When I worked in London's interbank Foreign Exchange market, the Holiday season would usually make me smile. Not the season itself, although the excessive celebration was fun, but the people I would meet during the inevitable round of social parties. Often, once people found out what I did for a living, they'd ask me a question which usually went something like "I'm going on vacation in six months, should I buy my currency now or later?"
I would mutter under my breath, and then point out that I was a spot guy, meaning that I was paid to know where a currency pair was going in the next six seconds or minutes, not months. Most would press for an answer, however, somehow convinced that fluctuations in the exchange rate they got for their $1000 of spending money would matter to me. I am ashamed to admit that I would make up a long term view on the spot. I really had no idea what long term moves in currencies would look like, and knew I'd be right 50% of the time.
Now, however, as one who writes about markets, I have to take a longer term, more general view and, as all of my articles are subject to public scrutiny and archived, making something up doesn't cut it. I still find it difficult to form a long term view on currency markets most of the time, however, but this year, I actually have one. With that in mind, let's take a look at the prospects for two major currency pairs, the US Dollar against the Japanese Yen (USD/JPY) and the Euro against the US Dollar (EUR/USD) in 2014.
Central Bank distortion around the world has been the overriding influence on the forex market throughout this year and will likely continue to be so in 2014. Interest rates are the single biggest fundamental driver of currency markets and they are set by Central Banks, but that is not what I am talking about. That traditional aspect of monetary policy doesn't count to me as distortion; messing with the supply of a currency, however, does. I am not concerned here with the desirability or otherwise of Central Banks expanding their balance sheets, but rather the effects of that policy.
The biggest of all distortions has been the Federal Reserve Bank's QE policy, but the BOJ's efforts were a large part of the theme for 2013. Back in March, when Dollar Yen (USD/JPY) was around 92.50, I wrote that basically, nothing had changed and the upward march was set to continue.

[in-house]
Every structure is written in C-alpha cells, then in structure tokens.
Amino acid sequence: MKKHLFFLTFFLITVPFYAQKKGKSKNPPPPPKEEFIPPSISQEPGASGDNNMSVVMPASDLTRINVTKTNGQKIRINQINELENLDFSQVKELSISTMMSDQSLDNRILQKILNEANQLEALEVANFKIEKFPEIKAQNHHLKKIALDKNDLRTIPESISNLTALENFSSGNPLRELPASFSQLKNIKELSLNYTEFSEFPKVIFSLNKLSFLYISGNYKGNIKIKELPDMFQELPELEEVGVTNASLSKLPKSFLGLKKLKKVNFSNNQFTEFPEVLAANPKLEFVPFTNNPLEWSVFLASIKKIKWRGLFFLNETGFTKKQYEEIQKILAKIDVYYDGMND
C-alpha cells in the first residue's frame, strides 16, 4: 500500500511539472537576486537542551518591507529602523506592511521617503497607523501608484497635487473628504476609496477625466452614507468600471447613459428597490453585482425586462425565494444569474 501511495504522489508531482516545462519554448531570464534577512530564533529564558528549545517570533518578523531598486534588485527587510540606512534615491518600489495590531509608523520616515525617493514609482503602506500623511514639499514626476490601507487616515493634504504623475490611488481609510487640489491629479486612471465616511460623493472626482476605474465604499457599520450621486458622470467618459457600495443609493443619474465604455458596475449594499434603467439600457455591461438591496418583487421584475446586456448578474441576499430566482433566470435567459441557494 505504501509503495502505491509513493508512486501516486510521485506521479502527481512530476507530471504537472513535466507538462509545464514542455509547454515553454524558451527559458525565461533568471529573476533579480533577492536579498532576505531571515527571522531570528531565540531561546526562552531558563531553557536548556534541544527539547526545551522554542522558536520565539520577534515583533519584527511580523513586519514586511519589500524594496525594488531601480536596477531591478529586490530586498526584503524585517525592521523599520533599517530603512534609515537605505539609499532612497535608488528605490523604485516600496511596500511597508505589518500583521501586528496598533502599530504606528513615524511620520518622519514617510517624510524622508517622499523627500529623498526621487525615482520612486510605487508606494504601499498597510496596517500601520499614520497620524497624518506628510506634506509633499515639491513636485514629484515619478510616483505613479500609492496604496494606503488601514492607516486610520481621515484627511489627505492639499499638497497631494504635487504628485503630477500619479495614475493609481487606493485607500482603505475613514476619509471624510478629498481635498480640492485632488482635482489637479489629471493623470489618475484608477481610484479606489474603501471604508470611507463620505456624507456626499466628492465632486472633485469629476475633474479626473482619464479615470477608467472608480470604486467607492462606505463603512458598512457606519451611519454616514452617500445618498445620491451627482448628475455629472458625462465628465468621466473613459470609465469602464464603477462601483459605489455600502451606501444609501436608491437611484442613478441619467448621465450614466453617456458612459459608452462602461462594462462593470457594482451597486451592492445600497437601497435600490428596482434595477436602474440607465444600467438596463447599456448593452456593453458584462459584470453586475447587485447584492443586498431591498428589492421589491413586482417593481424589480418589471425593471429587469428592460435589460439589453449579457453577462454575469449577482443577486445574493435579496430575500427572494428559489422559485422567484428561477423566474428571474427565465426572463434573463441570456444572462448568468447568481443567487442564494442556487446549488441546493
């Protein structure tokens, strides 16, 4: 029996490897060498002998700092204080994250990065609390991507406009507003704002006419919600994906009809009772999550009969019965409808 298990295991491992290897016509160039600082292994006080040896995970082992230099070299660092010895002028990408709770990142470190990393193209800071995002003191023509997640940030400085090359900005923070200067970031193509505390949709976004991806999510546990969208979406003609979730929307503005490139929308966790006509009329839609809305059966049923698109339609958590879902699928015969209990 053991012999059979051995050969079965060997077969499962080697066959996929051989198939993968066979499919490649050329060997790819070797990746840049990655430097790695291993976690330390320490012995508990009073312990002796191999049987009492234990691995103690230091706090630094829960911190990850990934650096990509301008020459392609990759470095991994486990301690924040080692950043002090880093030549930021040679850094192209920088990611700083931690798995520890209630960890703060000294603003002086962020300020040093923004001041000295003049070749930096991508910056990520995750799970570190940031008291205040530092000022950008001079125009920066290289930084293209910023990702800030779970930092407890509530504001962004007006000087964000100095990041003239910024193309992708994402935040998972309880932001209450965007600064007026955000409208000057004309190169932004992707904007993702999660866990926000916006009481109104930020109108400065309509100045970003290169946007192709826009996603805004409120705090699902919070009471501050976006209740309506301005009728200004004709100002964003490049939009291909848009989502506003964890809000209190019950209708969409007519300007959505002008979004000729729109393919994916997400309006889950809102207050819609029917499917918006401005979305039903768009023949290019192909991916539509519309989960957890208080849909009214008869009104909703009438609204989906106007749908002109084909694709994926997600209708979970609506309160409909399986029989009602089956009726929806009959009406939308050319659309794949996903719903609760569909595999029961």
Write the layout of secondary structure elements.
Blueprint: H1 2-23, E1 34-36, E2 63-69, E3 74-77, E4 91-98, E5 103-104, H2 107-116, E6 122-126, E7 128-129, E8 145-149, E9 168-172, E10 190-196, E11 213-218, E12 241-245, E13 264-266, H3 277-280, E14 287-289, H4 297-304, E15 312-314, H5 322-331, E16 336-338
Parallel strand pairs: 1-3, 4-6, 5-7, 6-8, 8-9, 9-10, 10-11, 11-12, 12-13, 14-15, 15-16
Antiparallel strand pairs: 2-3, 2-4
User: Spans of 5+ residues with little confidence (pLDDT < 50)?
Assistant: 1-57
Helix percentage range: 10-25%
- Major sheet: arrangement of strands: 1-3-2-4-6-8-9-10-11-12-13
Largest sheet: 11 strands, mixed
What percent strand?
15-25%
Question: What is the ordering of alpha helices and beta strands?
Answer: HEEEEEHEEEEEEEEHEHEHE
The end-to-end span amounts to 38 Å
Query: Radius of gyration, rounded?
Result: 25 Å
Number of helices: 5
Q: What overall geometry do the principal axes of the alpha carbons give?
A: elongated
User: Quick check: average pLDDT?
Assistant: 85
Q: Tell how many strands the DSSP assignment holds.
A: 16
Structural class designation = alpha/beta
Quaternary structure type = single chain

There are technical and market positioning factors that lead me to believe that the current move back up to challenge 105 may lead to a short term correction back to around, or even below, 100, but long term there is no reason USD/JPY cannot continue its march up.
The BOJ and the Japanese government have renewed their commitment to Abenomics, and will continue with their expanded asset purchase (QE) program. The Fed, meanwhile, has begun to taper. In other words, Yen supply will continue to be increased at the same rate, while the rate of supply increase of US Dollars is being reduced. You don't have to be a Nobel Prize winning economist to understand that if supply of A is increasing relative to supply of B then the value of A will fall relative to B. In other words, the Yen will lose value against the Dollar. Of course, the Fed has also committed to maintaining an ultra-low interest rate policy for the foreseeable future, but then so has Japan. It is reasonable, therefore, to expect continued strength in USD/JPY in the coming year.
The US Dollar has not, however, spent all year gaining ground against other currencies as the prospect of tapering arrived. As you can see from the chart above, EUR/USD has spent the second half of 2013 moving rapidly up from lows around 1.28 to challenge the 1.38 level. (Because the Euro is the first named currency in this pair, a higher rate indicates a lower Dollar).
Largely this has been down to improving economic conditions in Europe and that trend could well continue, but even so, I think EUR/USD will close 2014 at lower levels that we see now. Economic conditions are also improving here in the US, so that factor is probably a wash and supply matters will once again dominate.
While the ECB is engaged in an internal battle regarding whether further loosening of monetary policy is the best move, the Fed has begun on the long road towards tightening, so Dollar strength, and therefore a lower EUR/USD is the natural result.
Against both the Yen and the Euro, then, I expect Dollar strength to be the theme of 2014. That doesn't mean, however, that the greenback will appreciate against everything. Earlier this year, I doubted the recovery in the UK to some extent (forgive me, oh fellow countrymen!) but I was wrong. The mini-boom there could well continue, with resulting Sterling strength.
It would also come as no surprise to see some embattled emerging market currencies recovering against the Dollar, even in a year of tapering and with a continued recovery in the US as global demand for commodities increases and the slightly lower growth rate in China becomes the norm.
Years ago, this long term view thing when it came to foreign exchange was, in my eyes a waste of time; a pointless exercise. Now, however, as I use forex as much to influence overall positioning as I do as a trading instrument, developing a six to twelve month overall view has become important. If you do see me at a New Year's party, then, feel free to come and ask my opinion. If the question is about forex, I promise not to be flippant and make things up. Of course, if you ask my opinion of your family, politics or almost any other subject, I can make no such promise.